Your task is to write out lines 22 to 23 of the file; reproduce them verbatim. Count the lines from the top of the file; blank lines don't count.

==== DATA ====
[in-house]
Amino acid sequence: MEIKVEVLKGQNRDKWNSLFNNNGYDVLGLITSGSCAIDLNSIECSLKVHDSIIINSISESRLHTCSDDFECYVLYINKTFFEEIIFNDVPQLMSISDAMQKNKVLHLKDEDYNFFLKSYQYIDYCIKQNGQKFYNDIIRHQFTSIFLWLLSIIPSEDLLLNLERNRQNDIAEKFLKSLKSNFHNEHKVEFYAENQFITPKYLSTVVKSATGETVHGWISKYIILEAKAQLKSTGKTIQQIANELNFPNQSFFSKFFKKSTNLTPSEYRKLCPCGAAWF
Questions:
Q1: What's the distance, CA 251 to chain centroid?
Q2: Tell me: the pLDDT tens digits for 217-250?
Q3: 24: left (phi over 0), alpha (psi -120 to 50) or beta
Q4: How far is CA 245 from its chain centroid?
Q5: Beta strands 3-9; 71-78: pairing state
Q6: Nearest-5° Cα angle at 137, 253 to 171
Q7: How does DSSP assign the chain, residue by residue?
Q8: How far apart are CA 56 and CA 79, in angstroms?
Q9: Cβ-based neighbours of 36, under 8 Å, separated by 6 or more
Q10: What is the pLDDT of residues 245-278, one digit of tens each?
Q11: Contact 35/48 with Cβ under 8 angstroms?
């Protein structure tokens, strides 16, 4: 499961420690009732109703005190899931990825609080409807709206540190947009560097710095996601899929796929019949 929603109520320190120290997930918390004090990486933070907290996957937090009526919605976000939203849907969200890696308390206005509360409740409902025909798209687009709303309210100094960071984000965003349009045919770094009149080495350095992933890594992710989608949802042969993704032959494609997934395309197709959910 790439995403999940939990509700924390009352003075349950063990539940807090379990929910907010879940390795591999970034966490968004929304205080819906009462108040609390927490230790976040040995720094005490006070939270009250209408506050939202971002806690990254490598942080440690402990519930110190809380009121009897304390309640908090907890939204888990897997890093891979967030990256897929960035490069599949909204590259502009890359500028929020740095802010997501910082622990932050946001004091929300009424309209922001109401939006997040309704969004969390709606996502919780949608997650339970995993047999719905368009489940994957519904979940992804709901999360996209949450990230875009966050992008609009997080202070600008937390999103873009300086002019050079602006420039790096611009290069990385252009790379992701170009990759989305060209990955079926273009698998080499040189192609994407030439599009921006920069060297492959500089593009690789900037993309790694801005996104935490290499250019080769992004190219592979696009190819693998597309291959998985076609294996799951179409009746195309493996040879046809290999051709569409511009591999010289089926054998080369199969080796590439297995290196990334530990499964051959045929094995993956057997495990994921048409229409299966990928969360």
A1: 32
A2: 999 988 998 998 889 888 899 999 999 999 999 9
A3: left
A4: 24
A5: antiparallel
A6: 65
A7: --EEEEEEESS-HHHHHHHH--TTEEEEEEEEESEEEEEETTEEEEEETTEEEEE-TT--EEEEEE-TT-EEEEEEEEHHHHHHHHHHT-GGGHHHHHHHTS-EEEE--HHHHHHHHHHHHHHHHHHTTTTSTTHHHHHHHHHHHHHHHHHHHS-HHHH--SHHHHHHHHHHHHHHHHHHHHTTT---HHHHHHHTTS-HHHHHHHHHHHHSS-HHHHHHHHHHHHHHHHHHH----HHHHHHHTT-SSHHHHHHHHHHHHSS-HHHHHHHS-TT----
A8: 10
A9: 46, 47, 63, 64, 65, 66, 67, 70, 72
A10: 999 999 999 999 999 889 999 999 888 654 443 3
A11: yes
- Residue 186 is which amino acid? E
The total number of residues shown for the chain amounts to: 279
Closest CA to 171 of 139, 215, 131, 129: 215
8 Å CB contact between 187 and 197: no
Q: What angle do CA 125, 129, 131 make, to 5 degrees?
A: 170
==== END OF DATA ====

A7: --EEEEEEESS-HHHHHHHH--TTEEEEEEEEESEEEEEETTEEEEEETTEEEEE-TT--EEEEEE-TT-EEEEEEEEHHHHHHHHHHT-GGGHHHHHHHTS-EEEE--HHHHHHHHHHHHHHHHHHTTTTSTTHHHHHHHHHHHHHHHHHHHS-HHHH--SHHHHHHHHHHHHHHHHHHHHTTT---HHHHHHHTTS-HHHHHHHHHHHHSS-HHHHHHHHHHHHHHHHHHH----HHHHHHHTT-SSHHHHHHHHHHHHSS-HHHHHHHS-TT----
A8: 10